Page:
"The Lord is near to the brokenhearted and saves the crushed in spirit."
What must it have felt like to be a follower of Jesus on Saturday night? As Christians who now know the whole story, we take the inevitability of the resurrection for granted and gloss over the questions, heartache, and anger Jesus’ friends must have felt in the day in between his crucifixion and his resurrection. No one likes to sit in grief. No one likes to be alone with silence. But alone they were, and silence from God was their only companion on that dark Saturday night.
What did the last three years even mean? Wasn’t Jesus supposed to usher in a completely new kingdom? How can that happen now if his cold, lifeless body is now sitting in the grave? All of their hopes and dreams were surely called into question.
Have you ever felt this way? I know that I have.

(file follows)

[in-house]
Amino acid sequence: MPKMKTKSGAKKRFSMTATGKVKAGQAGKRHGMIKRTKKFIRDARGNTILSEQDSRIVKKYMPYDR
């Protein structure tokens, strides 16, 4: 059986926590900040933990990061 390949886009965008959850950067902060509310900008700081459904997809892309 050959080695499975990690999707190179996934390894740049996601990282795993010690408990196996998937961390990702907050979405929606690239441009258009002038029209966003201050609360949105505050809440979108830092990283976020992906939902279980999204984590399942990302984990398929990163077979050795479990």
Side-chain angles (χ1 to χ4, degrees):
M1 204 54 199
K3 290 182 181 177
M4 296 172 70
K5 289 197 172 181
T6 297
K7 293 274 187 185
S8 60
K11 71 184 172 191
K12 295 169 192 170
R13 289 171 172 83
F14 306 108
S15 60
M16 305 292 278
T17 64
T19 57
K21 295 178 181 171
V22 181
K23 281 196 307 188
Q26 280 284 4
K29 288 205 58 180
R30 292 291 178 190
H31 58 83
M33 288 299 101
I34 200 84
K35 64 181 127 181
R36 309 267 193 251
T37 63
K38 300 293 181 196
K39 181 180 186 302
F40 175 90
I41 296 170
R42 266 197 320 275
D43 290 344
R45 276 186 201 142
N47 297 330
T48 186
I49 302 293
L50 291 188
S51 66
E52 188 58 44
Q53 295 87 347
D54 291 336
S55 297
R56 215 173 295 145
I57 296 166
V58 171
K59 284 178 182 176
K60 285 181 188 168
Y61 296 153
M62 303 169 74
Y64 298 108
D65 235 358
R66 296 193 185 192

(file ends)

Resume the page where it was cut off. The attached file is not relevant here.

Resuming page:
Why would a good God abandon me and leave me to despair? Death and loss and grief can feel like our constant companions.
I have been to too many funerals.
There have been funerals for my dear friends I served with who never came home or have been so scarred by war that they couldn’t cope any longer. A funeral where a tiny white coffin sat before me as I questioned the goodness of God in this circumstance of my classmate’s baby suddenly dying in the night. My father’s own funeral. On and on it goes. Glimpses of that dark Saturday night.
We are quick to comfort, quick to say, "It’ll be okay…they are in a better place." or "God has a purpose for this season in your life." Platitudes we use to quiet our discomfort with grief. I don’t know the reasons why God doesn’t choose to wipe away all of our tears now. Why he doesn’t just act to save innocent life or spare our loved ones. But I do know this:
He knows what it is to experience loss. God knows grief. And God knows us.
In our brokenness, our anger, our questioning, God promises to be near to us. And he promises to save us. With the darkness of Saturday comes the bright light of Easter. For the disciples it took only a day…for us, it may be much longer. Hopefully not too long.
(Written by Jim Pulizzi)